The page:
Penant Shape

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    Simple question : what is the best shape of towline penant for minimum drag ?


    I use 4″high by 10″ long made from rip-stop nylon. It seems to hold up pretty well even in grabby weeds.

    You also need an additional 1/2″ to wrap around the line and an overhand knot in the line above and below the flag to keep it in place.

    Would be interested in some pictures of better designs also.

    Some of the guys have been using ribbon material that has open weave, and they say that has less drag. But it does get caught in the weeds.

    The size by the rules is:
    c) To facilitate observation and timing, the cable must be equipped with a pennant, having rectangular shape of
    a minimum area of 2,5 dm2 (about 39 square inches) and the smallest side of at least 5cm (1.97 inches), attached directly to the main cable.

    So if you went with the minimum dimension, either a 2″ high by 20″ long would be required which would have quite a length to flap around, or 20″ high x 2″ long which would have a lot of profile drag and make it hard to wind up.

    So we are talking:

    So of the choices, 4×10 is pretty average. But is average the best?

    Maybe a stiffer material like .003″ mylar would have less drag.

    But getting back to the real question, how much does the line and penant type really have on launch height?

    I only use thin spectra line on F1H, and prefer the 1mm Russian rod for F1A with the same 4×10 flags on both.

    I think the Russian rod will stretch about 12 inches with a 40 pound pull, which means that you can make your line pass the pull test at 4 inches less than the 50 meters, and get an additional 8 inches of length at 40 pounds….kind of cheating, but within the rules. Probably the pull test should be increased in the rules to eliminate this type of cheating. A 40 lb pull is typical of a good launch. Another nice thing about the Russian rod (polyester chording material) is that it returns to the original length after being pulled to this value. Spectra has less stretch and is a pretty dead material. Polyproplylene thins and does not return to the original length.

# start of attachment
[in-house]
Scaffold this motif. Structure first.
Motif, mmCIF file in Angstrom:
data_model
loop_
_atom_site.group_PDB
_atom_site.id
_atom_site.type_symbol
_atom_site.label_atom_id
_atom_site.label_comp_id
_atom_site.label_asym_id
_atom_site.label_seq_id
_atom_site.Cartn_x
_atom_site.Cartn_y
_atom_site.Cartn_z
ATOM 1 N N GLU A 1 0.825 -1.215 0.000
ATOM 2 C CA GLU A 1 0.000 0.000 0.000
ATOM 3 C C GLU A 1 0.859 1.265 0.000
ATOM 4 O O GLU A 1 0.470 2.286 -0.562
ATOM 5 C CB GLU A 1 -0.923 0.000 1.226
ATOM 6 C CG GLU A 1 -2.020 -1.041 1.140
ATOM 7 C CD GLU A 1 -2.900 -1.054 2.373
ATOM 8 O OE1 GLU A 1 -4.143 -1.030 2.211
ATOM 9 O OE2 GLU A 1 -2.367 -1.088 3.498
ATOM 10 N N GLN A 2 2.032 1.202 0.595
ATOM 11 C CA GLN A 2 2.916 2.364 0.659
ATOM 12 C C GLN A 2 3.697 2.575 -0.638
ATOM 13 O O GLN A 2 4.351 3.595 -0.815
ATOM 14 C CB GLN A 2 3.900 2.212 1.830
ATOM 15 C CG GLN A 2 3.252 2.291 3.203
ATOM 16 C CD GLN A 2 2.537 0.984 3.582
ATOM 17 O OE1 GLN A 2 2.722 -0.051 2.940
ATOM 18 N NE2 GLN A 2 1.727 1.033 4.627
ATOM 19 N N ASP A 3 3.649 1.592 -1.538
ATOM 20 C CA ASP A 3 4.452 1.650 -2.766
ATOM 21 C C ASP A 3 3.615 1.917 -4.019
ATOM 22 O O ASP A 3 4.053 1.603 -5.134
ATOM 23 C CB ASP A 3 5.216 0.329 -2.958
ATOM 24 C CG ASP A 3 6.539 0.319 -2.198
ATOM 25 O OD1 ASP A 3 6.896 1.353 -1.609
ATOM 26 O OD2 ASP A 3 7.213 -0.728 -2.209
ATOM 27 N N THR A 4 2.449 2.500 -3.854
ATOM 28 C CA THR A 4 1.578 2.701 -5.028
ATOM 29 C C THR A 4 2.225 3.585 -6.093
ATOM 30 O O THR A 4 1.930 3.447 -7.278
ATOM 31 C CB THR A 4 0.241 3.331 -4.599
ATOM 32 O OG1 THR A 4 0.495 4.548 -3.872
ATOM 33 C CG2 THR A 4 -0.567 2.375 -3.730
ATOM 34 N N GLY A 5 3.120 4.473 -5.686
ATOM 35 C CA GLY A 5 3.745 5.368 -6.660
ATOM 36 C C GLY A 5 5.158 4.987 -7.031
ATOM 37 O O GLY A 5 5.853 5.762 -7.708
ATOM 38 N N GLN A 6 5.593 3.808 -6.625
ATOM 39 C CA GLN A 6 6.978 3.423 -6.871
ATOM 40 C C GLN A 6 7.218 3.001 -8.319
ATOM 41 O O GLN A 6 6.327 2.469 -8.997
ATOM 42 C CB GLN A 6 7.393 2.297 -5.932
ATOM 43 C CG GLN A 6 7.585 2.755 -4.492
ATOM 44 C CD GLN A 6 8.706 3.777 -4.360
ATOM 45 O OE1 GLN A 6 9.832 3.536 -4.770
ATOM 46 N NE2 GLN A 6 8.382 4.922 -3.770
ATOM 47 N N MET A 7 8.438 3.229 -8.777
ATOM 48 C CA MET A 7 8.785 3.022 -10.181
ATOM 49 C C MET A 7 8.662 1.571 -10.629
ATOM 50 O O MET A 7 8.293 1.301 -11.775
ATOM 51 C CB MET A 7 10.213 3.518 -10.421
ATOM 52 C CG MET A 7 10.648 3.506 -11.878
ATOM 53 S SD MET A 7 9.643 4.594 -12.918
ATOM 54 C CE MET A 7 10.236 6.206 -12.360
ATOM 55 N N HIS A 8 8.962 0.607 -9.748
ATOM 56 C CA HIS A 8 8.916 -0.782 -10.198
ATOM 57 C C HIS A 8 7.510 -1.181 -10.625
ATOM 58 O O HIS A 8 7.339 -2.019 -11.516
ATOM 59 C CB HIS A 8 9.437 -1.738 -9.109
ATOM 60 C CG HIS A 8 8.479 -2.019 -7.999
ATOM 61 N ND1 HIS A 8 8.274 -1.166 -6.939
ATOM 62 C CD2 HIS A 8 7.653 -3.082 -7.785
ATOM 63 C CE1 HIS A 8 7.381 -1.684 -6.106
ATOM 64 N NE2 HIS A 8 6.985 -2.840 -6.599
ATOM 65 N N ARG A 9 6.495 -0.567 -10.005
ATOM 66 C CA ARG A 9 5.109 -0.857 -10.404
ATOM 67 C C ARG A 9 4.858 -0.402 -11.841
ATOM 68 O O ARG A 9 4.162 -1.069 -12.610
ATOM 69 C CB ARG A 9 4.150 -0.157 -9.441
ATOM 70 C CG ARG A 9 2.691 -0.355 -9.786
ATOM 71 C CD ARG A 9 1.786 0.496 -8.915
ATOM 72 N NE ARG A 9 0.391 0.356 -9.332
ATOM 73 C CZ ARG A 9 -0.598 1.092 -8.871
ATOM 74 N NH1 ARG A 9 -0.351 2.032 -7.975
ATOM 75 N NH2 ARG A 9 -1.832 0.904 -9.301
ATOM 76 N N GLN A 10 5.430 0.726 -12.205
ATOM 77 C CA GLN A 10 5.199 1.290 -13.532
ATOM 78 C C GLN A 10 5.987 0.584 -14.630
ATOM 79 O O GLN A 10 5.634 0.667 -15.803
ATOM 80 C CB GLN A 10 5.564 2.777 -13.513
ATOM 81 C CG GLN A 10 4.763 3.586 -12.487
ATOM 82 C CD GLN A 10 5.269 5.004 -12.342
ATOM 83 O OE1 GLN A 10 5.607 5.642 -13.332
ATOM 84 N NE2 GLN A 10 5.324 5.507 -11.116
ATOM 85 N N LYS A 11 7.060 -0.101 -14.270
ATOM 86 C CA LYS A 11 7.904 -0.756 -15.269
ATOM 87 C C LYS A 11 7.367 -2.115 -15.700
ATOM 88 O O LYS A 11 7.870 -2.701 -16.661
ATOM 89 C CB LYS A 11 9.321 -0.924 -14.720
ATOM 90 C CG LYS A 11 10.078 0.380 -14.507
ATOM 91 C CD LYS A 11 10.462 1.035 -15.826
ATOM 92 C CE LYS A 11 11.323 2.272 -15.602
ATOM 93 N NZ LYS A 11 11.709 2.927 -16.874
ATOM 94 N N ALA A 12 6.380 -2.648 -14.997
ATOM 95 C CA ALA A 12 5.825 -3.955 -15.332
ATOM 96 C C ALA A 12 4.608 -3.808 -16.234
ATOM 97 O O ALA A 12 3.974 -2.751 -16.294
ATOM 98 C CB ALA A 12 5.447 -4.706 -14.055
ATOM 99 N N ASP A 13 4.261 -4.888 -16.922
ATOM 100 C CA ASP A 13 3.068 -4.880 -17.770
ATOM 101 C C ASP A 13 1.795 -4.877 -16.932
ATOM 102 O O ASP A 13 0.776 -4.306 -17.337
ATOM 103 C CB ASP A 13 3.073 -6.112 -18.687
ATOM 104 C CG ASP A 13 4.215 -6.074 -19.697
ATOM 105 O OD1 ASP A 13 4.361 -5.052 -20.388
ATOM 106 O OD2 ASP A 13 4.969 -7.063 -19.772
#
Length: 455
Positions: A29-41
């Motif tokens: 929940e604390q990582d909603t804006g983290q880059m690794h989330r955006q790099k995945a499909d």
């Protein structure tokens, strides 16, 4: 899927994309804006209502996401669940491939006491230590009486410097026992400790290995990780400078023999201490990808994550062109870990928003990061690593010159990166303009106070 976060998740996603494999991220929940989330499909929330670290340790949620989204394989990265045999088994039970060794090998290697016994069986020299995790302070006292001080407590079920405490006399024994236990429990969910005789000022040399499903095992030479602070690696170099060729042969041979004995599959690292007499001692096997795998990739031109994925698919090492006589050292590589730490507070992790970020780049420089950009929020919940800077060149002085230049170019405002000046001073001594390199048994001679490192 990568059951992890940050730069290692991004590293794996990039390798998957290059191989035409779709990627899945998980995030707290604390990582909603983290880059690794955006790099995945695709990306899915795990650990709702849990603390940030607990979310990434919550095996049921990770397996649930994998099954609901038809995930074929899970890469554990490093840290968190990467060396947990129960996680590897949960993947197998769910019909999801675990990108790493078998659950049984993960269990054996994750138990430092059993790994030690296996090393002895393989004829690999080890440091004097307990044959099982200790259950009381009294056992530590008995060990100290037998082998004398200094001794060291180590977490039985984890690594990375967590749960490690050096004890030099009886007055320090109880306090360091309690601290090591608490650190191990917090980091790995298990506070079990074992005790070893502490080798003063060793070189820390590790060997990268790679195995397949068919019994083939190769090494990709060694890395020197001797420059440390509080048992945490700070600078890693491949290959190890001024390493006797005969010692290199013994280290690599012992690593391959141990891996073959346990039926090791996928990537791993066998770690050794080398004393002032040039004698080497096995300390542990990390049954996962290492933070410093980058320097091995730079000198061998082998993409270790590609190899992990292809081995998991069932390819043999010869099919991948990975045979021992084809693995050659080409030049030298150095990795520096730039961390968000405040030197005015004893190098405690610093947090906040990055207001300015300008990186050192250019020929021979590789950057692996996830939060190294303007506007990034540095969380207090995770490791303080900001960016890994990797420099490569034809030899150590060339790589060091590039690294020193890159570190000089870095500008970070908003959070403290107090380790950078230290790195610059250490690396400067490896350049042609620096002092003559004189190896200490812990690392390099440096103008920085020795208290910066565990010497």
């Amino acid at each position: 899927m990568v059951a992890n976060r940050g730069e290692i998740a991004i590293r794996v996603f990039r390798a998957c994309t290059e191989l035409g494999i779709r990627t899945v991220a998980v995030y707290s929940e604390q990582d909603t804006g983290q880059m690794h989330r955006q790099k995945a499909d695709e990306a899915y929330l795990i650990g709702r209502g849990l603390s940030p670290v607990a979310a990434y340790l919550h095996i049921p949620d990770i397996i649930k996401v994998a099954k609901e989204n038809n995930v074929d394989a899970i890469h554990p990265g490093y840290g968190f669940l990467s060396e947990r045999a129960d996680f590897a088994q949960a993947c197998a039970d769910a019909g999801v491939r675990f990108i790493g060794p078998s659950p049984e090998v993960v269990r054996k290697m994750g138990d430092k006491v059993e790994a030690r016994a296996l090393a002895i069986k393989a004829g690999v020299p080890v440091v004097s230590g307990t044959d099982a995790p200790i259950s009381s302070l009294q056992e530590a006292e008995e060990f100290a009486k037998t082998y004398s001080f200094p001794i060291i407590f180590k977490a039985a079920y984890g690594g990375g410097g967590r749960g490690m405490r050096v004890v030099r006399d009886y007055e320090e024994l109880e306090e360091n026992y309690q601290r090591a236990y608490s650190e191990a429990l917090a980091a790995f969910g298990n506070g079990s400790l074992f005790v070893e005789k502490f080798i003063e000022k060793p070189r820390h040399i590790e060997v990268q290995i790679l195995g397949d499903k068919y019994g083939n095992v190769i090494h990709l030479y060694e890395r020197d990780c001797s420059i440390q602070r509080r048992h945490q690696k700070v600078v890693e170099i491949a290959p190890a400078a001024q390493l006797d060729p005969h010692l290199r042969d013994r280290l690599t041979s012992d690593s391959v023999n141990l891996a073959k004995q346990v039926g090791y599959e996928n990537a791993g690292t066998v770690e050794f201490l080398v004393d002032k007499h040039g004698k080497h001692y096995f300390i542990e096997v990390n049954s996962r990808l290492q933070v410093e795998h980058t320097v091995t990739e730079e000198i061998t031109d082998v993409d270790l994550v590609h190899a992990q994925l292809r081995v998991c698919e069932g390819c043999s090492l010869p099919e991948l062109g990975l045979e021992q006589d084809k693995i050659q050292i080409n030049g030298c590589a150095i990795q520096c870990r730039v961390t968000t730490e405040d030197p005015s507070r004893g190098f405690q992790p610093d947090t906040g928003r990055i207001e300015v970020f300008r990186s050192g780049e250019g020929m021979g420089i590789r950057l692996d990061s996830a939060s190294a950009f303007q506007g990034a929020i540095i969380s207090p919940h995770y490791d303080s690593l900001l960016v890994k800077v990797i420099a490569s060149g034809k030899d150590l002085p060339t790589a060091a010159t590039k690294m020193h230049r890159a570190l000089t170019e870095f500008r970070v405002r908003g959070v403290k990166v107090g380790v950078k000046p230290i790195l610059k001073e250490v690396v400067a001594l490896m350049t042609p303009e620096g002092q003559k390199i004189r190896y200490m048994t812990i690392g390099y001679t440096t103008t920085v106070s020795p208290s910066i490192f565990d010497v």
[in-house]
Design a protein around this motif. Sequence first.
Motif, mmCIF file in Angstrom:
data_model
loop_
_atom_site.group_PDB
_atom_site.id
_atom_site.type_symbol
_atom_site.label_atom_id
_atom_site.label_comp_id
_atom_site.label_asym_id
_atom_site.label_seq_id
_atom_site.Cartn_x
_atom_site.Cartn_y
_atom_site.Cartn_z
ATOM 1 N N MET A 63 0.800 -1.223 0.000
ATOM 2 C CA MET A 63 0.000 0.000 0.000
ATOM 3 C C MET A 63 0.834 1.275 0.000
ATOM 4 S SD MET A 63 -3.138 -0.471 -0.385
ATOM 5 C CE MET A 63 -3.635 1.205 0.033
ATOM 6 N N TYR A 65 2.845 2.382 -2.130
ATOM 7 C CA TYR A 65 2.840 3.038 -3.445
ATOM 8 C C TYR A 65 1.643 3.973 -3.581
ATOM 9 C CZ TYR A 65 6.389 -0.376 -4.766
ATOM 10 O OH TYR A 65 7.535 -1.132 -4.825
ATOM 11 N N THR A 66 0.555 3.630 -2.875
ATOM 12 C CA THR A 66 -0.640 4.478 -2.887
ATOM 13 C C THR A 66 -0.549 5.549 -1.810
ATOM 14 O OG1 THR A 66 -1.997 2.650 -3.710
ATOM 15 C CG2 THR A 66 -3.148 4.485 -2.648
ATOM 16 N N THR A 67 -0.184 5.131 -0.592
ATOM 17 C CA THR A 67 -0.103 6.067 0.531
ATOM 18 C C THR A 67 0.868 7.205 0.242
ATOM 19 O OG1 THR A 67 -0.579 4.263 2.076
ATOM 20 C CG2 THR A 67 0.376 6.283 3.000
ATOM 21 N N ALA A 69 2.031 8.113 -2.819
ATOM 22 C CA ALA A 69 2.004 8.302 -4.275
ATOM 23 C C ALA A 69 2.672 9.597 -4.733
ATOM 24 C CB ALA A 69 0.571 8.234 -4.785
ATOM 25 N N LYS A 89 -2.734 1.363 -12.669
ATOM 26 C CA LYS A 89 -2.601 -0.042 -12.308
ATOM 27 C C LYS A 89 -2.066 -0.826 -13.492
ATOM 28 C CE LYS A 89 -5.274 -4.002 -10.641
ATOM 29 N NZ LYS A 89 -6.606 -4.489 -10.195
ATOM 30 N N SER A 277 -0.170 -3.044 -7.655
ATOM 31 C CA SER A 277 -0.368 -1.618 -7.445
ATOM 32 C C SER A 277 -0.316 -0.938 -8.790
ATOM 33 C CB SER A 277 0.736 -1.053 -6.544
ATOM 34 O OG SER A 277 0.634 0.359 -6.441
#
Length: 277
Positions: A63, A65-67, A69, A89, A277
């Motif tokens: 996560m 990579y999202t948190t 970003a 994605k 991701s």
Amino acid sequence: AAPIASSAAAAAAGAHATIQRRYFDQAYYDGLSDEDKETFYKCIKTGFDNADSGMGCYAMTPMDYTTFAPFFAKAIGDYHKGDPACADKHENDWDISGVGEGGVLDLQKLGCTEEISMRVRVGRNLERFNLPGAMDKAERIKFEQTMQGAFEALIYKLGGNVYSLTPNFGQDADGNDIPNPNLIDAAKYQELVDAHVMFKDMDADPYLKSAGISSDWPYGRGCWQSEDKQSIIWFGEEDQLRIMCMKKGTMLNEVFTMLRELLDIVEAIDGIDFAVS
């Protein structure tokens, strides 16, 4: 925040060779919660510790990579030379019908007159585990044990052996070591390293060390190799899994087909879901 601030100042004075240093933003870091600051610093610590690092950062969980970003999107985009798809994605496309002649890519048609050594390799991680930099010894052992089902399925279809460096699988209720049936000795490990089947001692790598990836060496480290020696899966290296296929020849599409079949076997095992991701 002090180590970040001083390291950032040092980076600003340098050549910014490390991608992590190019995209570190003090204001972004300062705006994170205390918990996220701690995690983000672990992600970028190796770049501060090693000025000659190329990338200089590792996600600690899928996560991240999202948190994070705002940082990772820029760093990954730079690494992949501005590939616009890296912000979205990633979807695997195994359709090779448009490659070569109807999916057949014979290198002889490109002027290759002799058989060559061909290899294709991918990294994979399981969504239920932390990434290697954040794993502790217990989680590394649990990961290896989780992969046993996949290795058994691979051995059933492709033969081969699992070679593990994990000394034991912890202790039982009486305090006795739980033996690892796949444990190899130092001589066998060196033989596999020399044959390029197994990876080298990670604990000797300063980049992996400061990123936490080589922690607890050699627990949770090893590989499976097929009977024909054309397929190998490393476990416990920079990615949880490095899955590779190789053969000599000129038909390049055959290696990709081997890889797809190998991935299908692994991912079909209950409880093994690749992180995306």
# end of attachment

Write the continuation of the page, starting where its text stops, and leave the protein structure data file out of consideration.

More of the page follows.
Found this :-

    Looks like Carruthers may have some of the answer ! Also found elsewhere that material is a big influence on drag. What I didn’t find was anything that discussed triangular versus rectangular shapes; I would have throught a triangular shape would have been better.

    Comments ?


    Hello CHE

    I think you are right about triangular. However if you read the rules above, rectangular is only allowed. If you do triangular, or some form of triangular, the smallest dimension needs to be 5 cm, so you may need to go bigger to get the area, and bigger is BAD in this case.

    Roger Morrell

    I was on the jury in a World Cup event in the Ukraine and a contestant had a pennant that was well oversize but did not enclose a square of sufficent area. This person had flown with that towline in many contests and was not aware that he was not in compliance. He was only out of compliance by a very small amount. The jury decided to let the results of the contest stand and not DQ the contestant. The contestant indicated that he would fix it for the future – seeing some of the jury members knew him and would notice if he did not, I assume he did. In this case there was no clear advantage gained as the pennant was quite large and very visible.



    I now have recieved a copy of the Carruthers paper and gleaned some info from elsewhere.

    The optimum shape of a penant is given by the highest aspect ratio and by it being streamed, ie not looped back onto the latch. The better material of two (no data on other materials) is Nylon with Polyester (ie Icarex) giving 40% more drag force apparently.

    So my idea of a looped penant shaped like a Blue-Fin Tuna looks like a dead end. Needless to say the Haggis-shaped idea is also naff.

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